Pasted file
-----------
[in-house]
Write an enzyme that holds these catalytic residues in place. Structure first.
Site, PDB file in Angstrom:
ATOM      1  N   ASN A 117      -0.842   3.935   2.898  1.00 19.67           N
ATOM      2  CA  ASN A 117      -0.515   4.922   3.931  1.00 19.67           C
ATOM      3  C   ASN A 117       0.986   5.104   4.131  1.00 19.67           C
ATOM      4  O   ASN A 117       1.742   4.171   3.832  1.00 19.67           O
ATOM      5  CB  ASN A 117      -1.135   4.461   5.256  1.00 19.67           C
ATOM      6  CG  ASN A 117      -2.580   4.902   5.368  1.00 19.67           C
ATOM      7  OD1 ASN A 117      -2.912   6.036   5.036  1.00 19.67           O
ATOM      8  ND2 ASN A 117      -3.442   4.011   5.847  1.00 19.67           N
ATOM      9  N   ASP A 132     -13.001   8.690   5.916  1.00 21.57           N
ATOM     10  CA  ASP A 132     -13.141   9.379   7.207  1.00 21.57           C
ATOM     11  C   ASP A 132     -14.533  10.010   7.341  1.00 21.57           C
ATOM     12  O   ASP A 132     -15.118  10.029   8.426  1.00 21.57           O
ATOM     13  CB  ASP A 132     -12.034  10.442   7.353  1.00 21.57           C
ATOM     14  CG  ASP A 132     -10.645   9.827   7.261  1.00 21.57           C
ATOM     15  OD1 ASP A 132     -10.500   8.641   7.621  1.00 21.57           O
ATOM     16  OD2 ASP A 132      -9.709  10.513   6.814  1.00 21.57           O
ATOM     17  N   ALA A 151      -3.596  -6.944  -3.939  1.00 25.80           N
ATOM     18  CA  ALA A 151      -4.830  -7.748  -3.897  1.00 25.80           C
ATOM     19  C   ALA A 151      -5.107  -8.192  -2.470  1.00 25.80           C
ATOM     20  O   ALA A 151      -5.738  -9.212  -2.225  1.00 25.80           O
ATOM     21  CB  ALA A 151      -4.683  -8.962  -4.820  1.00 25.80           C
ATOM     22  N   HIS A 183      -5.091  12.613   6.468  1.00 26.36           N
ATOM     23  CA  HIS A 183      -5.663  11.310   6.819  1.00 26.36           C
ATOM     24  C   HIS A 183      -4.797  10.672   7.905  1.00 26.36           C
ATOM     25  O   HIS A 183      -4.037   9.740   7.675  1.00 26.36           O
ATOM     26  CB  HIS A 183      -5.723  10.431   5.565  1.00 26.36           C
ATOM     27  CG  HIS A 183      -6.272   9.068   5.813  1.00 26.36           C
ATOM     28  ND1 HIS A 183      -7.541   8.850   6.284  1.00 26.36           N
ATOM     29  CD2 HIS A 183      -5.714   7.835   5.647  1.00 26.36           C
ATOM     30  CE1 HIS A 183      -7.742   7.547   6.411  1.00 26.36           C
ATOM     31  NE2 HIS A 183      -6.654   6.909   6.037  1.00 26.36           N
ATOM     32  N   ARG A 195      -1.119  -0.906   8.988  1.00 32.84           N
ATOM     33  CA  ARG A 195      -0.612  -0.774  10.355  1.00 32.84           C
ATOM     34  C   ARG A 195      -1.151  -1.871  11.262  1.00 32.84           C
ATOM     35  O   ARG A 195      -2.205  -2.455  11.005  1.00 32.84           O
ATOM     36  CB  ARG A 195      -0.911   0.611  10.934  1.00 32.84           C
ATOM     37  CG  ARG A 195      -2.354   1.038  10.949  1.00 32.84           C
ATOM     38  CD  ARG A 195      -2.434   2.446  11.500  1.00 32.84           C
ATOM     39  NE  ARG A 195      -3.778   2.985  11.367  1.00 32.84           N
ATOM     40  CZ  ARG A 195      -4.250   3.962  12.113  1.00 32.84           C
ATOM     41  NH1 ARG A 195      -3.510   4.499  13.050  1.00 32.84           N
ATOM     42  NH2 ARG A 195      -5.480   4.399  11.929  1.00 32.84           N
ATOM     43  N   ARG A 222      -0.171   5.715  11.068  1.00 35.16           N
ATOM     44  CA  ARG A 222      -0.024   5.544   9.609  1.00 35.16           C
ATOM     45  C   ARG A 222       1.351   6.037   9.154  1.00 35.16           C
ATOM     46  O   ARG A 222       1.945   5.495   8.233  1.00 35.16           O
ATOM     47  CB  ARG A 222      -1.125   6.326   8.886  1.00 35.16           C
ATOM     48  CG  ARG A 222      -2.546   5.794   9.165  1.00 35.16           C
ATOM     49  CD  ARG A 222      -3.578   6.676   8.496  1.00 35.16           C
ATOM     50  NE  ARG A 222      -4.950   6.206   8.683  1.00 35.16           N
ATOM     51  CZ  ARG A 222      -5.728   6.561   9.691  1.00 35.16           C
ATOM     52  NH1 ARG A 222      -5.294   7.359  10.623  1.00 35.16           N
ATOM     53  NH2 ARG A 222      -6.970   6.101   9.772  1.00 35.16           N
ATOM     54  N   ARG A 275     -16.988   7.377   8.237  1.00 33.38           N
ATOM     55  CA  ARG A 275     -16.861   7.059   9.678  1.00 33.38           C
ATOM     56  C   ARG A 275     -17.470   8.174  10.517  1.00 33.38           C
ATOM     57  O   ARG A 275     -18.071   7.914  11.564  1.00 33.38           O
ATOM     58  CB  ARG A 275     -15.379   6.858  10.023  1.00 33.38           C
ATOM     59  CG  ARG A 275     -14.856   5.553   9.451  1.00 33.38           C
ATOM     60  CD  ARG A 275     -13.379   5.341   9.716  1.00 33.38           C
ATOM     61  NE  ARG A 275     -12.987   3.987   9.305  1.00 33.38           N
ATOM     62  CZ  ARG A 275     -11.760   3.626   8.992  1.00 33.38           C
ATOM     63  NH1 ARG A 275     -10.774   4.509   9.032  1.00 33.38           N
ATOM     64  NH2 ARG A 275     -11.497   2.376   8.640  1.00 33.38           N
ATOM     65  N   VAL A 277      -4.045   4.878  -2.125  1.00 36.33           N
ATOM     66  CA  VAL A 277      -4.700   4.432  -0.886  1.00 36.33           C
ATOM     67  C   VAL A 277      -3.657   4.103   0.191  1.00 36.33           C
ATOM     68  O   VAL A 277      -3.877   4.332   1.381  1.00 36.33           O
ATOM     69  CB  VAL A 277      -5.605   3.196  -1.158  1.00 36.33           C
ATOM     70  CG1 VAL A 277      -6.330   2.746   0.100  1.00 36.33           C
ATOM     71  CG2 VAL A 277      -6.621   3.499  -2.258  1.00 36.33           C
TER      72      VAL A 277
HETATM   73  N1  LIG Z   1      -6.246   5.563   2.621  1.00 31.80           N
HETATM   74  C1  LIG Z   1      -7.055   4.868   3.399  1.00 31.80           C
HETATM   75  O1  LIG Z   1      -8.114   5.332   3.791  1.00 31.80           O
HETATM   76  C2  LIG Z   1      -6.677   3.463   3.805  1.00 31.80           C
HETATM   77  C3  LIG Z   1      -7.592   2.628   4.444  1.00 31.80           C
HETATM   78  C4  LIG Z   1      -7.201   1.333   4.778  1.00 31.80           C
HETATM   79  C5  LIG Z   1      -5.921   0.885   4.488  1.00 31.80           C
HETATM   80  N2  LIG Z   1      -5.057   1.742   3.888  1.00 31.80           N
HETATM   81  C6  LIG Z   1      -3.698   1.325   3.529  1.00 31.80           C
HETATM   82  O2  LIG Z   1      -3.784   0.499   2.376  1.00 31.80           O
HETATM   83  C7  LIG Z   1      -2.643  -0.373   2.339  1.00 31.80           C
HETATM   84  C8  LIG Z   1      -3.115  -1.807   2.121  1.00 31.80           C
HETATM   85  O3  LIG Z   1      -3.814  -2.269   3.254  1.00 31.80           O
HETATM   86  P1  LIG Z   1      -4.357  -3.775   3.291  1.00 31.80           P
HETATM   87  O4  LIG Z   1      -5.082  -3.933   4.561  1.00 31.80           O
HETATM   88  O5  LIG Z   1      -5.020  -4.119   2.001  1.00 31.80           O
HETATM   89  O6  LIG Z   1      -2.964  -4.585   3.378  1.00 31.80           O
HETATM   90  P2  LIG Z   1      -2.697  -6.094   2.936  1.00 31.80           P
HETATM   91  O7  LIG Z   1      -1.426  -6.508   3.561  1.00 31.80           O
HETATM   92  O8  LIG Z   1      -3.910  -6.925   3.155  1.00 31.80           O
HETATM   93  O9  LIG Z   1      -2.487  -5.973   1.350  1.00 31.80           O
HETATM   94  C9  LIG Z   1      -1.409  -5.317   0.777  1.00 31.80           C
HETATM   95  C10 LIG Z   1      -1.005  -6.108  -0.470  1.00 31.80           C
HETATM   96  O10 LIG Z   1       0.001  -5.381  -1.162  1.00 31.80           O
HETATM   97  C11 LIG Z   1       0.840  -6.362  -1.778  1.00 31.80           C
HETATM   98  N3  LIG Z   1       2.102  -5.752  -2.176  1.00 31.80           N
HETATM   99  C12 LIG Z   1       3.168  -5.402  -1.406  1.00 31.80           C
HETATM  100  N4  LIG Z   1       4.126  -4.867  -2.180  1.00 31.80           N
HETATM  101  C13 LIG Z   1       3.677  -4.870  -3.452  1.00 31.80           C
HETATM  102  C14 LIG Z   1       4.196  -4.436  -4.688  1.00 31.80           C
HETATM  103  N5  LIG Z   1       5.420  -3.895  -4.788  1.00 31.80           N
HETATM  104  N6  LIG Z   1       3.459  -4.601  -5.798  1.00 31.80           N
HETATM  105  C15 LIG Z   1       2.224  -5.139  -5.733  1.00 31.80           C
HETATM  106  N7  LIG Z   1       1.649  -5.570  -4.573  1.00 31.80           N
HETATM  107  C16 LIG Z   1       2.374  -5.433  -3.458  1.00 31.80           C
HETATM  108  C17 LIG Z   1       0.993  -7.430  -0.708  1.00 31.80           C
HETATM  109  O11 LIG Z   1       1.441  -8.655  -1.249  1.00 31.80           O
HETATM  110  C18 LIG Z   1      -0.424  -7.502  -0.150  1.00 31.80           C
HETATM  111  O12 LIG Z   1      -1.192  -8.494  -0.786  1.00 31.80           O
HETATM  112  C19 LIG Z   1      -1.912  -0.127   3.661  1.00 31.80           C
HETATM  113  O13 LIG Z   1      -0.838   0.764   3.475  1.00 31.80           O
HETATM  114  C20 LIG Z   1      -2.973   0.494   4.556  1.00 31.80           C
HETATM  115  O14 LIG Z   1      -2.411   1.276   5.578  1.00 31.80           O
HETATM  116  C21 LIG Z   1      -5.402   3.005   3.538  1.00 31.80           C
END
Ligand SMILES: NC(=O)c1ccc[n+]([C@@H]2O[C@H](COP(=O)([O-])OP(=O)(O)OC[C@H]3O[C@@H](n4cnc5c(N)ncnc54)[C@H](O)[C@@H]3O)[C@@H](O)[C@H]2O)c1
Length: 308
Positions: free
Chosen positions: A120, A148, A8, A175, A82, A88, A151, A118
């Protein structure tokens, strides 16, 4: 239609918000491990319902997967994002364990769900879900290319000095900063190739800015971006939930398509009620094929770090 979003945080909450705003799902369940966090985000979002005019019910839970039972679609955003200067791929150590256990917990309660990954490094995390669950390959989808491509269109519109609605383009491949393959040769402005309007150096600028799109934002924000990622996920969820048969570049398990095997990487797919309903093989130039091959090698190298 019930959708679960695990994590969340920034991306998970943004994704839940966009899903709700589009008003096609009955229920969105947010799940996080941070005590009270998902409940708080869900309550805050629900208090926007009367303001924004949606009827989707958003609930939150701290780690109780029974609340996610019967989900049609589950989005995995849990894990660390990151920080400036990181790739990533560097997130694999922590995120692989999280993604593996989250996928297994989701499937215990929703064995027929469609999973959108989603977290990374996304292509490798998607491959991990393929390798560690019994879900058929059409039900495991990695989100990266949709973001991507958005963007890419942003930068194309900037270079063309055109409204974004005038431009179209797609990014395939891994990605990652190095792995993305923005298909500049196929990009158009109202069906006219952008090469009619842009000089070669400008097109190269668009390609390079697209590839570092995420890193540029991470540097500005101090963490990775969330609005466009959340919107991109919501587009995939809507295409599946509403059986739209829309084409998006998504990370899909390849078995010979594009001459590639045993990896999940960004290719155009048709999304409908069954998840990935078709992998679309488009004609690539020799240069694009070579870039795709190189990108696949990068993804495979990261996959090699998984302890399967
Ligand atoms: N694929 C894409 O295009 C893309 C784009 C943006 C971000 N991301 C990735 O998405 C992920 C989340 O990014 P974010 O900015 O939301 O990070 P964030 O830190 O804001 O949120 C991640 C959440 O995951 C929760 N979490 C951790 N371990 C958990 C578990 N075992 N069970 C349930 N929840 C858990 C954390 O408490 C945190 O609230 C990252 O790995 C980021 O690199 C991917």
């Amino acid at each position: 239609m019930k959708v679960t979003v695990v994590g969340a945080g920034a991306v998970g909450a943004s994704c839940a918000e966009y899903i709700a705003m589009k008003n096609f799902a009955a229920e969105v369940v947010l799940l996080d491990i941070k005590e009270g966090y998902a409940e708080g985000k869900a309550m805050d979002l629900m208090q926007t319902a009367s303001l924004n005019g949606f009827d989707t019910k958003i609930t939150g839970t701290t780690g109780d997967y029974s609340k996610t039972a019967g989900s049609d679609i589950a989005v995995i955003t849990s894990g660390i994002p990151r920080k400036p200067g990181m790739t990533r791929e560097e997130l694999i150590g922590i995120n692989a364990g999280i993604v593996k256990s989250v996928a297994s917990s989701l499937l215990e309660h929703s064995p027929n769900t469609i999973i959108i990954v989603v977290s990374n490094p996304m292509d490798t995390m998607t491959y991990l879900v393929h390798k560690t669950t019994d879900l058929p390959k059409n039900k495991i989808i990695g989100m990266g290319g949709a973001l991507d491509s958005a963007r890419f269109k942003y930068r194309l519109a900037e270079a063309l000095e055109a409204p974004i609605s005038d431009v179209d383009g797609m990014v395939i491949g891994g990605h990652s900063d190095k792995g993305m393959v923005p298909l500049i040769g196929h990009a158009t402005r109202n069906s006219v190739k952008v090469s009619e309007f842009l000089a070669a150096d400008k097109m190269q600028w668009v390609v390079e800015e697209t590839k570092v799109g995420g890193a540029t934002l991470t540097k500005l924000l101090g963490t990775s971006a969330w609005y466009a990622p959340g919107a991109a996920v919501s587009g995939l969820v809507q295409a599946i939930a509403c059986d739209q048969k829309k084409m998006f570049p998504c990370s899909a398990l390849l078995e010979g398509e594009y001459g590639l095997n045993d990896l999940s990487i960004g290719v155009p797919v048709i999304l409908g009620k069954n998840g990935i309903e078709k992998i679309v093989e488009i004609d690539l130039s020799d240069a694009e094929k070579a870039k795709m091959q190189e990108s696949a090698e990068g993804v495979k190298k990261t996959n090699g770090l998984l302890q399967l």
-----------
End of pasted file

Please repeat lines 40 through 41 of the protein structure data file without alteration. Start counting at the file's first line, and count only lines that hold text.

ATOM     37  CG  ARG A 195      -2.354   1.038  10.949  1.00 32.84           C
ATOM     38  CD  ARG A 195      -2.434   2.446  11.500  1.00 32.84           C